Crossroads Church is a massive evangelical megachurch with nearly a dozen campuses in the greater Cincinnati area. It has an average Sunday attendance of 38,000. According to Harhie Han, a professor of political science at the University of California at Santa Barbara, the church is pro-life and largely white.
But Crossroads appears to be a different kind of megachurch. Han explains in this piece at The New Republic. A taste:
Just as it charts a new path for a church, Crossroads charts a new path for politics. Today, many grassroots organizations on the left define themselves by difference, relying on implicit ideological purity tests to determine who belongs in these groups. Imagine the suspicious looks someone would get if they arrived at a Greenpeace meeting in hunting gear and a gas-guzzling pickup truck. Crossroads, in contrast, accepts all people, no matter what they wear, eat, drive, or say. It is more interested in forging a shared identity that transcends the differences that normally divide Americans—race, partisanship, and even faith. Although Crossroads adheres to the teachings of the Christian Bible, it welcomes people who do not. With this philosophy, it has built up a base of political activists that is far more durable than anything Democratic campaigns can create through blast emails and algorithmic wizardry. In a moment when the left is riven with debates over how to hold together contentious coalitions of women, millennials, environmentalists, constituencies of color, and many more, Crossroads offers powerful lessons about the way commitments to a community translate into commitments to a political agenda.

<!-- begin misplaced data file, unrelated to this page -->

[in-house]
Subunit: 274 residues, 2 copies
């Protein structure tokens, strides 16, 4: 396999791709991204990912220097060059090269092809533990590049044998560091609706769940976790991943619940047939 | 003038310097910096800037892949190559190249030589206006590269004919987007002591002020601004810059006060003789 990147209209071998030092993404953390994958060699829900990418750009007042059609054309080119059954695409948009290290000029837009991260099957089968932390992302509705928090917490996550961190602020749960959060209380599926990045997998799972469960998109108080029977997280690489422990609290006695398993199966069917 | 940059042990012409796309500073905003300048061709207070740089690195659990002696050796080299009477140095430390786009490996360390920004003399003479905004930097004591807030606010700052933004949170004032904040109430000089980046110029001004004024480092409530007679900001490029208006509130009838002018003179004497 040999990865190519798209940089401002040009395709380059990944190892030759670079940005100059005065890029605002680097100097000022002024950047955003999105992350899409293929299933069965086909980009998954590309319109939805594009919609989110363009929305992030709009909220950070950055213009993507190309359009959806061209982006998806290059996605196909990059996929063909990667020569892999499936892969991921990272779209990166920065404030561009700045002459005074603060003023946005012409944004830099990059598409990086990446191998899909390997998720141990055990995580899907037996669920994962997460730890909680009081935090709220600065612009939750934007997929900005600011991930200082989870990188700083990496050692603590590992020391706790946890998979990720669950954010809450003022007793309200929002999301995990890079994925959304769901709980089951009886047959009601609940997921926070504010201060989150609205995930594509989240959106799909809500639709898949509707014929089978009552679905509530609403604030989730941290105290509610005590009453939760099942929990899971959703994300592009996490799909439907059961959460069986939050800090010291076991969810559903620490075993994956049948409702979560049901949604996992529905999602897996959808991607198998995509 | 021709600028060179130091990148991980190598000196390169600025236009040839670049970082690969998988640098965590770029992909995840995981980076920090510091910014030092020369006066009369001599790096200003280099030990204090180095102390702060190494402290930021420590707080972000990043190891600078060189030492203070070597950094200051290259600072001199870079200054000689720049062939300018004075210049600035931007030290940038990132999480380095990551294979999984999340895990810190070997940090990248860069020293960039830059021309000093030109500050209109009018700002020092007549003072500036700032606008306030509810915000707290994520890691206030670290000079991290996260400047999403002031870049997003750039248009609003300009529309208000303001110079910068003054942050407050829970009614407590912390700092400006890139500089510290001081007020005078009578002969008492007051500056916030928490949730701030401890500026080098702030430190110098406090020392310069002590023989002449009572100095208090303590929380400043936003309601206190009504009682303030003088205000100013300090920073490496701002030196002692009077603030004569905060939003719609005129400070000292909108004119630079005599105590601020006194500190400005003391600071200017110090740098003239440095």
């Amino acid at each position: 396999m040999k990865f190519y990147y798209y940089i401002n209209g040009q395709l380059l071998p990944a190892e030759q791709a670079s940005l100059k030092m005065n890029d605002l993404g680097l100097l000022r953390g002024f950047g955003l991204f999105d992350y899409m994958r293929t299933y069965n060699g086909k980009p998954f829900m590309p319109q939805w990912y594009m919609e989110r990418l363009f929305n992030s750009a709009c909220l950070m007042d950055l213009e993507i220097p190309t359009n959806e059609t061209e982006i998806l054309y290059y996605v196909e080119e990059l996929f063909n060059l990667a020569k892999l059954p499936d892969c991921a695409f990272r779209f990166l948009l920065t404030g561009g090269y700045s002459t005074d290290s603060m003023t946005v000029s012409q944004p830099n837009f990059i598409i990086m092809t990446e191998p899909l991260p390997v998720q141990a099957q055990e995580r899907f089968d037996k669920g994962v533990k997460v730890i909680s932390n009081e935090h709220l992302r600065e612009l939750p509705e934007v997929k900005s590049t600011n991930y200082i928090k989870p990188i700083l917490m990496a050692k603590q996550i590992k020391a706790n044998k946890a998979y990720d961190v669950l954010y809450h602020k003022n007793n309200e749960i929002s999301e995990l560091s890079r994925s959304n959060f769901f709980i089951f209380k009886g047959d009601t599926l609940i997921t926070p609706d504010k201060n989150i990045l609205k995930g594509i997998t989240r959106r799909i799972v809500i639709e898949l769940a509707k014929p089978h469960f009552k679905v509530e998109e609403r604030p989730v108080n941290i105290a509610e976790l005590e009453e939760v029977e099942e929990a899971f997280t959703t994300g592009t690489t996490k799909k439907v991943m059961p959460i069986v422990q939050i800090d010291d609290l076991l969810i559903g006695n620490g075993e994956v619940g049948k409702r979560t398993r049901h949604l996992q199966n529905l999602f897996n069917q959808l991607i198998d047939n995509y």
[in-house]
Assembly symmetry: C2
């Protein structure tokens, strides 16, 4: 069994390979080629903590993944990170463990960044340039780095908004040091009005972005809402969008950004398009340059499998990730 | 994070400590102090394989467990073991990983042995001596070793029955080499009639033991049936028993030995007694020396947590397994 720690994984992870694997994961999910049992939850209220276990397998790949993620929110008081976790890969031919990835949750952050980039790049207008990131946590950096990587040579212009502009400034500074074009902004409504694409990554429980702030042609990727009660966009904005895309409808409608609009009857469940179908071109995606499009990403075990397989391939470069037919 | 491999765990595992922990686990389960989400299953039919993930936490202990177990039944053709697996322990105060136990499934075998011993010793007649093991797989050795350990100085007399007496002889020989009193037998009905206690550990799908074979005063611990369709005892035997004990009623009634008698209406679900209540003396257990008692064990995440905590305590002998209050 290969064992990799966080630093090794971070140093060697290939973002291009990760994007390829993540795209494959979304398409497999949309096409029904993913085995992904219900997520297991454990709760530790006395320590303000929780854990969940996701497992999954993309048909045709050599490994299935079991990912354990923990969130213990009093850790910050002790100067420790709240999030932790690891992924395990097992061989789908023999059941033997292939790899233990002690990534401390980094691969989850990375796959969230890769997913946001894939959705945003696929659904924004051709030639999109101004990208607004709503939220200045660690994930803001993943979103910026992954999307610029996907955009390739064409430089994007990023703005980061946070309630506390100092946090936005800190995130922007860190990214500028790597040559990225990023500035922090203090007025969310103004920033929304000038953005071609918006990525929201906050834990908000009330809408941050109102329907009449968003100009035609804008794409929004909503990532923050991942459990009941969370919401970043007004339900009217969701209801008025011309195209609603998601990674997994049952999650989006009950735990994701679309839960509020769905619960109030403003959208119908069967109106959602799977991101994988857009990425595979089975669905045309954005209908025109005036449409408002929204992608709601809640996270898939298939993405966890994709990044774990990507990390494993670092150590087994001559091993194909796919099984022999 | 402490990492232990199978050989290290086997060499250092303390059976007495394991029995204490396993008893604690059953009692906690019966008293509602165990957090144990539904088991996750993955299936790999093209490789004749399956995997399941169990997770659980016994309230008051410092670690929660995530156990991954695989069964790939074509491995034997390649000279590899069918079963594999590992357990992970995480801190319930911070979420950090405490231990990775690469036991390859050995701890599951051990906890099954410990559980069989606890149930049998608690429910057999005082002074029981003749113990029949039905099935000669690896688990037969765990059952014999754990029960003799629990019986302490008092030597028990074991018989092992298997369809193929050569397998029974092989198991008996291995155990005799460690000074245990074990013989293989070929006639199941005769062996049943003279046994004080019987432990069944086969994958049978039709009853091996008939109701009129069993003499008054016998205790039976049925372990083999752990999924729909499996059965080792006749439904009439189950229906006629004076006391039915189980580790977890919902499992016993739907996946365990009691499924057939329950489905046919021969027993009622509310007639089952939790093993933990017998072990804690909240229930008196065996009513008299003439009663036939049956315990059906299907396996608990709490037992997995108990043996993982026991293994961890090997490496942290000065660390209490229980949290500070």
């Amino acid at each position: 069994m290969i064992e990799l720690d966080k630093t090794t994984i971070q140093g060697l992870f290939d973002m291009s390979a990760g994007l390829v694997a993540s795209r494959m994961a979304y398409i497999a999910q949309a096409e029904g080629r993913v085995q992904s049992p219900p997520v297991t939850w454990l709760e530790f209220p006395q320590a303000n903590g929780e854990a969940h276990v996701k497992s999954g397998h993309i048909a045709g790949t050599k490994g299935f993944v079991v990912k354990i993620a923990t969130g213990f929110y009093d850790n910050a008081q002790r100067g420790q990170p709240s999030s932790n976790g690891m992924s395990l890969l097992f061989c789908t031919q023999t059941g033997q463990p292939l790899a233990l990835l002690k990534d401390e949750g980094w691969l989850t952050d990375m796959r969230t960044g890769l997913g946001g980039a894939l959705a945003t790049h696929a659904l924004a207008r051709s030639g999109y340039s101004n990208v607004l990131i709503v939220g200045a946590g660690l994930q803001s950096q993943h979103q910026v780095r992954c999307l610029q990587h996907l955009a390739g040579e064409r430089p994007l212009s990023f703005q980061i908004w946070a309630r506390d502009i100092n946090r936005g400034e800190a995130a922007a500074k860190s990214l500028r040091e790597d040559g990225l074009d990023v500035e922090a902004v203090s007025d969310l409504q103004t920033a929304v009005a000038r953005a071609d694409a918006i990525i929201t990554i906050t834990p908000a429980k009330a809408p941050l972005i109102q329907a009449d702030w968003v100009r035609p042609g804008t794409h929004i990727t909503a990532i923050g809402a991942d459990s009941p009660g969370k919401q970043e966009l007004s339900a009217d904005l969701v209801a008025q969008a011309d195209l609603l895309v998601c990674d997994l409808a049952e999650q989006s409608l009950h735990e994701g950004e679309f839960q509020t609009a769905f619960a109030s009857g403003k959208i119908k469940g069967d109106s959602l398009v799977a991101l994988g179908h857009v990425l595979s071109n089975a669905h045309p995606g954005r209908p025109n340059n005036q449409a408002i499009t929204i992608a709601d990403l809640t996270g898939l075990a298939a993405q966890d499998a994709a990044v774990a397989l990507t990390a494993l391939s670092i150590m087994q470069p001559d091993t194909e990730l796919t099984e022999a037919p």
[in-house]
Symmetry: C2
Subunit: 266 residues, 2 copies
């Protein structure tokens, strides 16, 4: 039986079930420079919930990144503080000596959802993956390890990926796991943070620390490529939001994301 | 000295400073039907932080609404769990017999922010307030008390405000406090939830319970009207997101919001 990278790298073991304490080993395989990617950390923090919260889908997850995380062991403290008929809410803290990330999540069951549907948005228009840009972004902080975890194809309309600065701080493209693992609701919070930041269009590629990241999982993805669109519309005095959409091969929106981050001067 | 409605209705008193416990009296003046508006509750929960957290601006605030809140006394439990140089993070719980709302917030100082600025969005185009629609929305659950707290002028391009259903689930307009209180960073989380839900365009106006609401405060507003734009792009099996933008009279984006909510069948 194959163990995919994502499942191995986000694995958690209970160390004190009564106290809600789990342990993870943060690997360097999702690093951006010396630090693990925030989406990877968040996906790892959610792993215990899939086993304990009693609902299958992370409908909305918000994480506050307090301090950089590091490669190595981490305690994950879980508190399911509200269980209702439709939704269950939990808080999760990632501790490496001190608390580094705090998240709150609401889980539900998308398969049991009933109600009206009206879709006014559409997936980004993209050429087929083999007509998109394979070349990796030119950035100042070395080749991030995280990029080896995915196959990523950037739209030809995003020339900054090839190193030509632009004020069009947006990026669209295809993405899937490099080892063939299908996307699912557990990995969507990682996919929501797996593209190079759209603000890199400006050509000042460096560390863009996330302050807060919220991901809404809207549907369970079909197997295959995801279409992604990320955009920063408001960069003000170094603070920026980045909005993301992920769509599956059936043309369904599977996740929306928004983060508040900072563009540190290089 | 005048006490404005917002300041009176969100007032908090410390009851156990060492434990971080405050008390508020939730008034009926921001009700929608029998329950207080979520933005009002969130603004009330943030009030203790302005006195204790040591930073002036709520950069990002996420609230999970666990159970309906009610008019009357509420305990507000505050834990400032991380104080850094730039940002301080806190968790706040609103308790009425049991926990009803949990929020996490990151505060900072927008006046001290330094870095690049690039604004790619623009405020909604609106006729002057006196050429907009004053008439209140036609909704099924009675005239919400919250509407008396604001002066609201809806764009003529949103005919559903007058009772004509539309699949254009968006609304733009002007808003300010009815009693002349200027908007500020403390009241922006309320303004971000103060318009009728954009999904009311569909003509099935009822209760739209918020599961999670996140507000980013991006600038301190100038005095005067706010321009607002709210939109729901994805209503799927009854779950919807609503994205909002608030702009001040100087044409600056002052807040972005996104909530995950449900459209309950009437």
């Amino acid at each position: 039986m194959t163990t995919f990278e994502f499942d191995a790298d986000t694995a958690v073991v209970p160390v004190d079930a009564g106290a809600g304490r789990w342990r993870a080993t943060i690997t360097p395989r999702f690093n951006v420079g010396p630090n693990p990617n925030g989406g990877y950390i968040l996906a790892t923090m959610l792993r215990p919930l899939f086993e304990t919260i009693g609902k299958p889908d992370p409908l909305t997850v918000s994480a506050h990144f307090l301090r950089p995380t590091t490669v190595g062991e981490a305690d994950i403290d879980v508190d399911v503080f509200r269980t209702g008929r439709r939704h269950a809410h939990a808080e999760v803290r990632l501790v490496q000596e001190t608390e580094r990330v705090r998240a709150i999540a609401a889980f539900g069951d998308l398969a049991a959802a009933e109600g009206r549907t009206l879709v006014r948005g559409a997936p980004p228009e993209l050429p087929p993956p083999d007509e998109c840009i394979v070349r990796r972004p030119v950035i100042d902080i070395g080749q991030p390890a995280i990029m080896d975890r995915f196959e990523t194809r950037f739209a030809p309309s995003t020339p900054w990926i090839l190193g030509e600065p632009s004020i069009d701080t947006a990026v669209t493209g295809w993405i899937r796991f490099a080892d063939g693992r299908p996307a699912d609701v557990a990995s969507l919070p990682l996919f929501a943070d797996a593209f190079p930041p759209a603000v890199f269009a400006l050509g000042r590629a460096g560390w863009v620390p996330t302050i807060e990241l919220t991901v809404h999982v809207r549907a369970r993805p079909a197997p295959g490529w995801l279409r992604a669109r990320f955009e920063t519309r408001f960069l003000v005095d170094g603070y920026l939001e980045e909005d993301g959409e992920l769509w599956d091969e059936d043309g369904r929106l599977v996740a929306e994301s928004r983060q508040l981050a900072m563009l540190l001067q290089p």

In April 2015, when cases of police brutality against black men dominated headlines around the country, a black pastor at Crossroads, Chuck Mingo, delivered a sermon about race. “He stood up onstage and said, ‘I feel like God is calling me to be a voice of racial reconciliation in Cincinnati,’ ” Elizabeth Hopkins, a biracial Crossroads congregant, recalled. “And I swear, my heart exploded inside of my chest. I wanted to stand up and be like, ‘Me too, Chuck, me too!’ I emailed him right afterwards. He probably got 4,000 emails.”
Soon after, Crossroads launched Undivided, a “racial reconciliation” program that drew 1,200 participants to its first session. Over the course of six weeks, members took part in racially mixed groups of eight to ten people with two facilitators, one white person and one person of color. Each group explored Cincinnati’s history on race, research on implicit racism and empathy, and their own experiences of race. “When I walked into that first meeting about Undivided, I was as cynical as you could be that this would be a watered down, me-and-my-friend-of-color experience that tries to keep everything as noncontroversial as possible,” said Troy Jackson, then the executive director of the AMOS Project, a faith-based organizing network in Cincinnati that partnered with Crossroads on the Issue 44 campaign. “But it’s been the most interesting, challenging, exciting, perplexing organizing work I’ve done.”
Read the entire piece here.